The low-speed output converter 1570 of FIG. 5C implements the reverse functionality of converter 1575 of FIG. 5D, converting four 155 Mbps low-speed channels 240A into a single outgoing variable rate tributary 160A. In this embodiment, converter 1570 includes a CDR unit 1534 including a framing unit and a serial to parallel converter, a “pseudo” STS-3 decomposition unit 1536, a FIFO 1538, a multiplexer 1540, a parallel-to-serial converter 1544, and E/O converter or transceiver 1544 coupled in series. The “pseudo” STS-3 decomposition unit 1536 also has a frame counter 1542 coupled to provide input.
The CDR unit 1534 performs clock and data recovery of each of the four incoming pseudo signal channels 240A, determines framing for the channels, and converts the channels from serial to byte-wide parallel.
In this example, the “pseudo” signals are “pseudo” STS-3 signals so the decomposition unit is a “pseudo” STS-3 decomposition unit 1536. The decomposition unit 1536 receives the recovered clock of the pseudo signals from the CDR unit 1534 and reads four byte-wide data streams from the CDR unit 1534, strips out the overhead and stuff bytes, and converts them into four data streams that can be used to re-construct the target data stream.
In this embodiment, the byte-interleaved multiplexer 1540 handles the reconstruction of a single variable rate (up to 77.76 MHz in this example) byte-wide data stream from four sub-STS-3 rate signals. A state machine inside the byte-interleaved multiplexer 1540 searches for a valid header byte from each of the four FIFO output data streams, aligns the header bytes of all four streams together, and then enables each FIFO at the appropriate time to provide data for the reconstructed variable rate data stream. Multiplexer 1540 performs the actual combination using TDM, on a byte level, to produce a single byte-wide signal.
Parallel to serial converter 1544 converts the signal from byte-wide parallel to serial. In this embodiment, parallel to serial converter 1544 comprises an embodiment of a system 1904 for preserving the correct data values of NRZ formatted data when the data is to be sent to a recipient expecting RZ formatted data. FIG. 19D, illustrating an embodiment of the system 1904, is discussed below.
E/O converter 1546 converts the signal to electrical form, producing the outgoing tributary 160A that is phase-locked to the incoming clock recovered by CDR 1534.
Referring now also to FIG. 16, the “pseudo” STS-3 decomposition unit 1536 will be described in more detail. The “pseudo” STS-3 decomposition unit 1536 includes four identical sub-modules 1650. Each of these four sub-modules 1650 processes one of the “pseudo” STS-3 data streams, extracts the original data packets, and sends them to the output multiplexer 1664. Each sub-module 1650 comprises two functional blocks. They are the frame counter 1542 and the fault monitor block 1652. The incoming data stream and a frame pulse are sent to the fault monitor block 1652 to extract the framing information. The frame counter 1542 uses the start of frame information to locate the overhead byte positions, and the location of the encapsulated data sub-packet. The frame counter 1542 then generates the FIFO write signal based on the knowledge of the location of the sub packets. The fault monitor block 1652 preferably comprises several units 1654, 1656, 1658, 1660, 1662 that detect errors in data transmission through the variable rate output converter 1570. The data output is a delayed version of the data input. The output data stream is 9 bits wide, including the bit holding the data marker that is synchronized with the first byte of the sub-packet within each STS-3 frame.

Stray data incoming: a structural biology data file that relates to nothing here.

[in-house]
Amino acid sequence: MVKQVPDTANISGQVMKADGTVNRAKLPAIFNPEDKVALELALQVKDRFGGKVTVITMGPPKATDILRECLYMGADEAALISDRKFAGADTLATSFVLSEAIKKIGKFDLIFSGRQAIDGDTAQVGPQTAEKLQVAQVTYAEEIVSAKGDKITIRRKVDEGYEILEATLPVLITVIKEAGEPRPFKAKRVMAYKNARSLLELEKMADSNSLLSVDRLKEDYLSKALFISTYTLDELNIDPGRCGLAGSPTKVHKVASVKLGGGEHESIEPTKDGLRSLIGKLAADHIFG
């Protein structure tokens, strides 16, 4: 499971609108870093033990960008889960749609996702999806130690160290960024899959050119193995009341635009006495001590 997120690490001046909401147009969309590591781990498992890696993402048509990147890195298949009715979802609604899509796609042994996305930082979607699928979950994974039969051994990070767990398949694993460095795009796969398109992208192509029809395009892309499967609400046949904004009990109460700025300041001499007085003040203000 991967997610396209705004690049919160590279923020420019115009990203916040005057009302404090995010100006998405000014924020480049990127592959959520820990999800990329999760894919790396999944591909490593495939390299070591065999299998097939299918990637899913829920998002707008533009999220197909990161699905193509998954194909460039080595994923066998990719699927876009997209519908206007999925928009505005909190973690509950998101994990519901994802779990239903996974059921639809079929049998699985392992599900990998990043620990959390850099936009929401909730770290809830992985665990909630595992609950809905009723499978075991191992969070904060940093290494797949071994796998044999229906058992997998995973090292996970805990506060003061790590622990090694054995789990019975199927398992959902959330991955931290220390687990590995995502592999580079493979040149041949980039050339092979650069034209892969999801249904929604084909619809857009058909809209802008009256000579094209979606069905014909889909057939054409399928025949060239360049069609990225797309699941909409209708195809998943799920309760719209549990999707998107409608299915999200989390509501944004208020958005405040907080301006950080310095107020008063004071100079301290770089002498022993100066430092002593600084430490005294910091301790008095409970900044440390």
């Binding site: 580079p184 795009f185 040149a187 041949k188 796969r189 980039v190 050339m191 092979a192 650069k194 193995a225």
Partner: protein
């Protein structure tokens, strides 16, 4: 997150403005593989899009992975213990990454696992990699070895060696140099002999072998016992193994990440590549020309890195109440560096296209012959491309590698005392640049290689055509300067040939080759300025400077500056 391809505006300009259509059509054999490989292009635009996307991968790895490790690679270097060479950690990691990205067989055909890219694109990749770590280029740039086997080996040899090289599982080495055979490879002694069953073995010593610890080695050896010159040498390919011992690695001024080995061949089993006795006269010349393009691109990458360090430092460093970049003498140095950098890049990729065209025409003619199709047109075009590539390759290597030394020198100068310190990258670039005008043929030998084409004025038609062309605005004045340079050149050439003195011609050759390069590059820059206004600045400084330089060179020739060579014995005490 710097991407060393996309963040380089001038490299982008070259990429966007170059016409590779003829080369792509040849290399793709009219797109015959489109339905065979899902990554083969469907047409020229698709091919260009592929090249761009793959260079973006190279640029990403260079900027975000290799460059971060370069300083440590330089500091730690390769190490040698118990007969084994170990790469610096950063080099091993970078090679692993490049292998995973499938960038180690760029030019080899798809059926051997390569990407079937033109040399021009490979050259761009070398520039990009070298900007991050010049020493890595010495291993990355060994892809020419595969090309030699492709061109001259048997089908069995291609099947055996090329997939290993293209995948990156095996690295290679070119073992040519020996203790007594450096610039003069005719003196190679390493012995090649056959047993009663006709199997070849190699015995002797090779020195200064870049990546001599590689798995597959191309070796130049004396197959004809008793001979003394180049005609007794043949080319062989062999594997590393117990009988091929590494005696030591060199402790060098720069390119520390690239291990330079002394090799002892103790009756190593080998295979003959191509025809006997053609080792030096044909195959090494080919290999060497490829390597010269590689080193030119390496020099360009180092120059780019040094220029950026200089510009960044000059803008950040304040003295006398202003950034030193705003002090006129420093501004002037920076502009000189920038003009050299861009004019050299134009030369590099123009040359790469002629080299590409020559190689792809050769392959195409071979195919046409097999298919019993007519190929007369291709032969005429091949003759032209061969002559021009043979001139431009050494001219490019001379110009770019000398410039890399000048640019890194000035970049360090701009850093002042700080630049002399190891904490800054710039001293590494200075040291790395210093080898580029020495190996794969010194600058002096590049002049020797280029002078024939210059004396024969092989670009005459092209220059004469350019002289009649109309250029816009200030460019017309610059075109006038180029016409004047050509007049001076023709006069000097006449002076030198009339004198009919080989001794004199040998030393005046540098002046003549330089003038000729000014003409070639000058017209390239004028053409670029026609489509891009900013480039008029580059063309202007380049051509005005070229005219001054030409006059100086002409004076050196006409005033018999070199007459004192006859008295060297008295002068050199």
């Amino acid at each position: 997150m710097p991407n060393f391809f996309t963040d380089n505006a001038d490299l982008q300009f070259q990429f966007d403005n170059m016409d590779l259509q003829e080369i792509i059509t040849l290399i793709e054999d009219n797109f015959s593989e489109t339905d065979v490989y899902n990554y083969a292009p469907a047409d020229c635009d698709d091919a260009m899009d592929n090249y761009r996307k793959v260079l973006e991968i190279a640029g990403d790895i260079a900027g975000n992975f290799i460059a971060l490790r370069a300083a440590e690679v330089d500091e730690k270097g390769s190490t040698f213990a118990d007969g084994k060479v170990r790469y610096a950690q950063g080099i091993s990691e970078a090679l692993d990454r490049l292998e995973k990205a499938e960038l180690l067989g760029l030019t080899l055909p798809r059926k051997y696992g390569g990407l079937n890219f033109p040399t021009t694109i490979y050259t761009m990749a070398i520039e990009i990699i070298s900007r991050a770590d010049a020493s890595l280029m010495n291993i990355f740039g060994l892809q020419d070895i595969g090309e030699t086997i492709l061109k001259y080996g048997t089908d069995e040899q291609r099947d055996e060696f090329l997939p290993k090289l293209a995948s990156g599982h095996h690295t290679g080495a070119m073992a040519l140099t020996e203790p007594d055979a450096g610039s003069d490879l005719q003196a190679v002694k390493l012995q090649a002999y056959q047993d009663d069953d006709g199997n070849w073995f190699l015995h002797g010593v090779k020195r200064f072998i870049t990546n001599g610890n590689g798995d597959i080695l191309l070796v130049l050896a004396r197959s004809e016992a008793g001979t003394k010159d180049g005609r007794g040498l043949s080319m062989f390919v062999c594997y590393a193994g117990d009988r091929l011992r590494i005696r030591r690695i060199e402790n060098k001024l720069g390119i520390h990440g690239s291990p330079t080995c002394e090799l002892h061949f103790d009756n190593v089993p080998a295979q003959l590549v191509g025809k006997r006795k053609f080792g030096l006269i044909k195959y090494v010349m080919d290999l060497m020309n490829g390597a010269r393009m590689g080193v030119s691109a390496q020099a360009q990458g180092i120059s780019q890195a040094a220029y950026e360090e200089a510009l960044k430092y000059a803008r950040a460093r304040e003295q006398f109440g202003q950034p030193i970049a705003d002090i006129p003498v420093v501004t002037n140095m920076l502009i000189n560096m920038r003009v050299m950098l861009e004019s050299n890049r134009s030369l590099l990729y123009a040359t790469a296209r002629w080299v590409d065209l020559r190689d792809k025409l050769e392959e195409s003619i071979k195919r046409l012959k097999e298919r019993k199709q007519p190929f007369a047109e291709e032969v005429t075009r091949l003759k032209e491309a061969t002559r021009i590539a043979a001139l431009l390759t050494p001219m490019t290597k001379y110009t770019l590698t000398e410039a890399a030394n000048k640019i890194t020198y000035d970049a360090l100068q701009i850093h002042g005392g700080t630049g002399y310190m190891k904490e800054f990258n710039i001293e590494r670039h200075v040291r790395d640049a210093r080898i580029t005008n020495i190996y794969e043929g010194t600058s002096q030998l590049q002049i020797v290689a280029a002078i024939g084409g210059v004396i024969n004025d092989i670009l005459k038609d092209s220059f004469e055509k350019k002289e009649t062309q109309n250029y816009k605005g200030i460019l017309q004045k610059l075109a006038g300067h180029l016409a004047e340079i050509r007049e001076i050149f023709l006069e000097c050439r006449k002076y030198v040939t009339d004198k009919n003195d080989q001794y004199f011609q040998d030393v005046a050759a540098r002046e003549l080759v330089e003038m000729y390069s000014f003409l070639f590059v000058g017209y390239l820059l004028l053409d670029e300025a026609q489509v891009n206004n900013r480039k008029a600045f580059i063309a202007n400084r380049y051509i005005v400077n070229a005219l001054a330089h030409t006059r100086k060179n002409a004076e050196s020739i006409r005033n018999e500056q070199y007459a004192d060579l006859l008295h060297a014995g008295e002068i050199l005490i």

Each of the “pseudo” signal generation and “pseudo” signal decomposition units may be embodied as a field programmable gate array.
The software overhead processing unit 1662 is used to check for ANS alarms and to extract software overhead bytes. Software overhead bytes that are transmitted within a “pseudo” STS-3 frame include the ID codes, the extra data indicator and the bit-rate information. The ID codes and bit-rate information are extracted by this block and presented to the control unit 1600 to be compared with the expected values.
Once the “pseudo” STS-3 decomposition unit 1536 de-constructs the four “pseudo” STS-3 signals, they are provided to and stored in the buffer unit 1538. In this embodiment, the buffer unit 1538 is four independent 512x9 asynchronous FIFO buffers. As discussed with respect to the buffer unit 1515, these FIFO buffers are used to compensate for the frequency differences between the target clock and the STS-3-rate clock. In addition, the FIFO buffers are also used to compensate for the propagation skew between the four tributary channels.
Once stored in the FIFO module 1538, the data streams can be read out of the buffer unit 1538 by the byte multiplexer 1540. The byte multiplexer 1540 preferably comprises a FIFO read controller, a 4:1 byte multiplexer, and a synchronization state machine necessary to perform the byte multiplexing function. A derived clock with ¼ the frequency of the byte-wide target, non-uniform signal, phase locked to one of the “pseudo” STS-3 inputs, is routed to this module from the control unit 1600. This clock is used to clock the outputs of the re-synchronization FIFO buffers. The FIFO read enables are enabled and disabled by the synchronization state machine. Referring also now to FIG. 17 a state diagram for the operation of the byte multiplexer 1540. The byte multiplexer 1540 preferably provides one of three output control signals as indicated by the outputs and state in Table 2.
READA, GOT_FPA, READB, GOT_ALL,